It was just me, the corpses, and the descending sun at the graveyard. I fell to the ground and rested my head on the soft grass beside the deep hole. I asked them to wait until tomorrow to fill it in; I wanted to be as close to Diane and little Evan for as long as I could. I stayed until dark and fell asleep.
Hours later, I awoke with the sound of a voice singing. A soft melodic tone that I pictured dancing with the dust in the cool breeze. I opened my eyes and eerily realised the dim light of the moon had cast a glow on the headstones and monuments in the cemetery. In between a row of recently deceased, not too far away, stood a woman dressed in a white gown which appeared old and raggy. Her dark hair was long and silky with a tattered white flower crown. It was as if she floated towards me.
“I feel your pain,” she whispered.
“What? You wouldn’t understand.”
“I have lost love before. I have lost children, too. I do feel your pain.”
Her voice carried a soothing tone that made my bottom lip quiver and tears flow from my eyes.
“I can reunite you. If you want,” she stated.
“If only that were possible.”
I sat up and glared at this mysterious woman who believed she could bring back the dead.
“It is. I can make it possible. For you.”
“Are you a witch?” I asked with a sarcastic tone.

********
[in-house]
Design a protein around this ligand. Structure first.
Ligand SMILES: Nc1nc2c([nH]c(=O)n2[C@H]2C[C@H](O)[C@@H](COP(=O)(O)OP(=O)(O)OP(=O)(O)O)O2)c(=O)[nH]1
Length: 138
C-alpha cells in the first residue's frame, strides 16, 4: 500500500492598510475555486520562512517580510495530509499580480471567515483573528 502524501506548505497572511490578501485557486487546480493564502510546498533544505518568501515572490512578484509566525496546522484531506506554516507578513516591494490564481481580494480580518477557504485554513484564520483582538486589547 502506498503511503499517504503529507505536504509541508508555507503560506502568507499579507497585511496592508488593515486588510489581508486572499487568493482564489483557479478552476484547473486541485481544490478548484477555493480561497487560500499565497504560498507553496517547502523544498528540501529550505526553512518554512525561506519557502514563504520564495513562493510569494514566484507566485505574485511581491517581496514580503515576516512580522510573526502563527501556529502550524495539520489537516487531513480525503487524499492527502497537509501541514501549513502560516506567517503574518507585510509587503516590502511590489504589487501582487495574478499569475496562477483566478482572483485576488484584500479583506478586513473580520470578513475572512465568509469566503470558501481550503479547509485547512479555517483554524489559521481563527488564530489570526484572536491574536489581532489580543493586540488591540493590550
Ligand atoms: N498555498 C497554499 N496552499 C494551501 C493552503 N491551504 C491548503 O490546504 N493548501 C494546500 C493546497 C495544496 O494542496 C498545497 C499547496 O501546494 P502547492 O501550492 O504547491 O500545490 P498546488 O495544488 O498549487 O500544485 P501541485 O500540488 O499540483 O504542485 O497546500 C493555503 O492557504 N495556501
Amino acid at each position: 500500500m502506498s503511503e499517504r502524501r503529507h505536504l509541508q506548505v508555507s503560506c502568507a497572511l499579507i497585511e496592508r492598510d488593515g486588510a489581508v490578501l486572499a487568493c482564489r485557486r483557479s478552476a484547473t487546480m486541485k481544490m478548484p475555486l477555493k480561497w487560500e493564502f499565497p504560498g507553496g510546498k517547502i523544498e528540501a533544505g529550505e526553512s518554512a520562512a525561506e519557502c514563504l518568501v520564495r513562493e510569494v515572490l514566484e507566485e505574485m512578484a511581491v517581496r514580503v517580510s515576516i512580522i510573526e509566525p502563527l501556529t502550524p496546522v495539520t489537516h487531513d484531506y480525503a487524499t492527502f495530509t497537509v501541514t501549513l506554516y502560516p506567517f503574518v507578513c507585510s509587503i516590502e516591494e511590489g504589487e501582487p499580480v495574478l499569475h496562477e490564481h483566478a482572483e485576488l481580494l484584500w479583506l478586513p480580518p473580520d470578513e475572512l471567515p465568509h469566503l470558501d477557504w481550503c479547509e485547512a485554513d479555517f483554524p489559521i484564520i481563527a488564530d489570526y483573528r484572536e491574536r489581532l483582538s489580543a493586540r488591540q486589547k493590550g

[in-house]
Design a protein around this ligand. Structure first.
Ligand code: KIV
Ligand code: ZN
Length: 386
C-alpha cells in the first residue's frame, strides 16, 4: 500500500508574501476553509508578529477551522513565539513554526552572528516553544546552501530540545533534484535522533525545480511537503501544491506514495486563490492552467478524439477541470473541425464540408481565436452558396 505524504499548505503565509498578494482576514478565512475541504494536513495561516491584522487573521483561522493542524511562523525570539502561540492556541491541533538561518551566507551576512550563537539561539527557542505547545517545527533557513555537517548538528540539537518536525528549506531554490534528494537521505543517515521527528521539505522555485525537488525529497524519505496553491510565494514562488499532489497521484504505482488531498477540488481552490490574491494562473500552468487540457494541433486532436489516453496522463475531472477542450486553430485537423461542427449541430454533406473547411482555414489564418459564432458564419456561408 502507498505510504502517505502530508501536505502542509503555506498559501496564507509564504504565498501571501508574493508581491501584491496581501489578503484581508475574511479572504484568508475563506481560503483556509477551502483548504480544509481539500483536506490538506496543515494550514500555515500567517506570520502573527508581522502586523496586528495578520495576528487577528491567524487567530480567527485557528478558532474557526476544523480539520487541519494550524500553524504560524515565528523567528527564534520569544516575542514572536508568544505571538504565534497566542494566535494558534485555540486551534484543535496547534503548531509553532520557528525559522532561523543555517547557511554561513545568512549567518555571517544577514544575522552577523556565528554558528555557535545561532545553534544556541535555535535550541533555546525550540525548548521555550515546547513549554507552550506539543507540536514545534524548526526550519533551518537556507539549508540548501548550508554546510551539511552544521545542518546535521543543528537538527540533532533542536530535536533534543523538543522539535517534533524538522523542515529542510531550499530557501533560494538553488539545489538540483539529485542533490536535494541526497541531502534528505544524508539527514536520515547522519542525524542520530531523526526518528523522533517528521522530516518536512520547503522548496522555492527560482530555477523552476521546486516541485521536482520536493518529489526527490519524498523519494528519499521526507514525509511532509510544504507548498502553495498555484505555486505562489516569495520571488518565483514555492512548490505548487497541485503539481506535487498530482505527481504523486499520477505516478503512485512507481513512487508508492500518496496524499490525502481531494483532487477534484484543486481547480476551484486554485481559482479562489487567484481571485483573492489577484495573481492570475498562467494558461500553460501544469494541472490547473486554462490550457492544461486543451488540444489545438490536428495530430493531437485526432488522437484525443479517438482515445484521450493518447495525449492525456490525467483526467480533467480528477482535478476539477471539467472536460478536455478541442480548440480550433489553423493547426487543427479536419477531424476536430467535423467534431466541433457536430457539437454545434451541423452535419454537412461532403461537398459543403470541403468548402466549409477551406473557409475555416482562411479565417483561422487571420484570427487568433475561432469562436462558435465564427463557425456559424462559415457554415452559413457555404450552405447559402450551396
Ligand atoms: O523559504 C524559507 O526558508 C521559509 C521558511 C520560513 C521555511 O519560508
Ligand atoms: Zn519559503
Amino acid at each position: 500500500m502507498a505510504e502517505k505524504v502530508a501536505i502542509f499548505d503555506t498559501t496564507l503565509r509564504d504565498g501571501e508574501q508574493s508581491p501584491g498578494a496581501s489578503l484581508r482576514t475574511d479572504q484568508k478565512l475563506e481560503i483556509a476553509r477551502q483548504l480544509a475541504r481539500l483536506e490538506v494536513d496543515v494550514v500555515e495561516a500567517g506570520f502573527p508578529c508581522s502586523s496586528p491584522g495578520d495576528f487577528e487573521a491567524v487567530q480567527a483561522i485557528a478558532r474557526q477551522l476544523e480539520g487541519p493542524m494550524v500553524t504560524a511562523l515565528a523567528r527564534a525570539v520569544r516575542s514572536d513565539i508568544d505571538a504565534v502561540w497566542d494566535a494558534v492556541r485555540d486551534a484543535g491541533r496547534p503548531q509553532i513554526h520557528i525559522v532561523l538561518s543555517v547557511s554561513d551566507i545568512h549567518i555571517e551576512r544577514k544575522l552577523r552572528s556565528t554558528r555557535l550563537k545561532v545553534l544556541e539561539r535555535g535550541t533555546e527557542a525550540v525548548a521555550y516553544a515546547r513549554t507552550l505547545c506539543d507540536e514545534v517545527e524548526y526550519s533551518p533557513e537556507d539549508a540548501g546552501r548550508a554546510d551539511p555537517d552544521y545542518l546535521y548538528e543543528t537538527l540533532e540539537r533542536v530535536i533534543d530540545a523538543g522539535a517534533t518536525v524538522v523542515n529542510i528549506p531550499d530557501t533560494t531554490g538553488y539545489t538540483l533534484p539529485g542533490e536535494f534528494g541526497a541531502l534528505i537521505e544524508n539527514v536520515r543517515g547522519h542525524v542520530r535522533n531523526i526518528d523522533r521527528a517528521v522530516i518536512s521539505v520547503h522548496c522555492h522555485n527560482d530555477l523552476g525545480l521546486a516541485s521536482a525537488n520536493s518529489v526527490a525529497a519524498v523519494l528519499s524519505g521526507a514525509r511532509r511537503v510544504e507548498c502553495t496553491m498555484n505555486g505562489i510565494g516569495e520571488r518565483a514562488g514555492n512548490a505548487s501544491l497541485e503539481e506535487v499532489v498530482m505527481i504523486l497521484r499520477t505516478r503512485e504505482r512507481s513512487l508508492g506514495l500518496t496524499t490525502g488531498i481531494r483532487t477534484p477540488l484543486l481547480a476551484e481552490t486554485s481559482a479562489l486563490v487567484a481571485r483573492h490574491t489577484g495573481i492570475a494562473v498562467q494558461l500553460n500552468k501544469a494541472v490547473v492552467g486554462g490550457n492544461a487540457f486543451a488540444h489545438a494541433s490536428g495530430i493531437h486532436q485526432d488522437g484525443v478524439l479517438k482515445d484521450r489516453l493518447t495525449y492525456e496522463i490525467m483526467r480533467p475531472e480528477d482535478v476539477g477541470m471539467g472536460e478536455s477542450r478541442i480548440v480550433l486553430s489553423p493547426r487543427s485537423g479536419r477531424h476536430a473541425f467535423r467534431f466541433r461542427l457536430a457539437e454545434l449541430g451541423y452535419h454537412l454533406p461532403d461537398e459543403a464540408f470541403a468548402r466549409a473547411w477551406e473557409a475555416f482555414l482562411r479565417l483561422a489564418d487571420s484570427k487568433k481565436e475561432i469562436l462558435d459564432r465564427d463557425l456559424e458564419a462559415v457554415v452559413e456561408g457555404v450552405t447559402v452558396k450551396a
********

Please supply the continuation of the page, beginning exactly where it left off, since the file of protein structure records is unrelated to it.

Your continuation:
“Ha! Don’t insult me. I am much more than that. I am a friend of death, I can control it. Don’t you want to see them again?”
Visions of Diane, with her large stomach, painting Evan’s room together last month, invaded my thoughts. She flicked the bristles of the brush at me and screamed laughing when I came towards her with a roller full of paint. She begged me not to paint her. When I put the roller behind me, she shoved the paintbrush into my face and wiggled before bursting out laughing and apologising. I let her away with it because of her condition, otherwise I would have chased her around the house until she was covered head to toe with the blue coloured paint. An owl hooted close by and brought me to my senses.
“Who or what are you?”
“I am a Dearg-Dul, and all I ask is for one kiss, and I can reunite you with your family?”
I had no idea what a Dearg-Dul was, yet the name seemed familiar in the back of my mind. Although she was mesmerising, I had just lost the love of my life.
“My wife is just there, why would you expect me to kiss you?”
She started to sing again, this song was different from the last one. The one before sounded like a song of woe, this was one of enchantment, with a melody that enticed my senses, and made me forget my emotional state. My sadness. My grief. The feeling of being lost in this world.
“What is that song?”
“It is an old song to give comfort to grieving souls. Did it work?”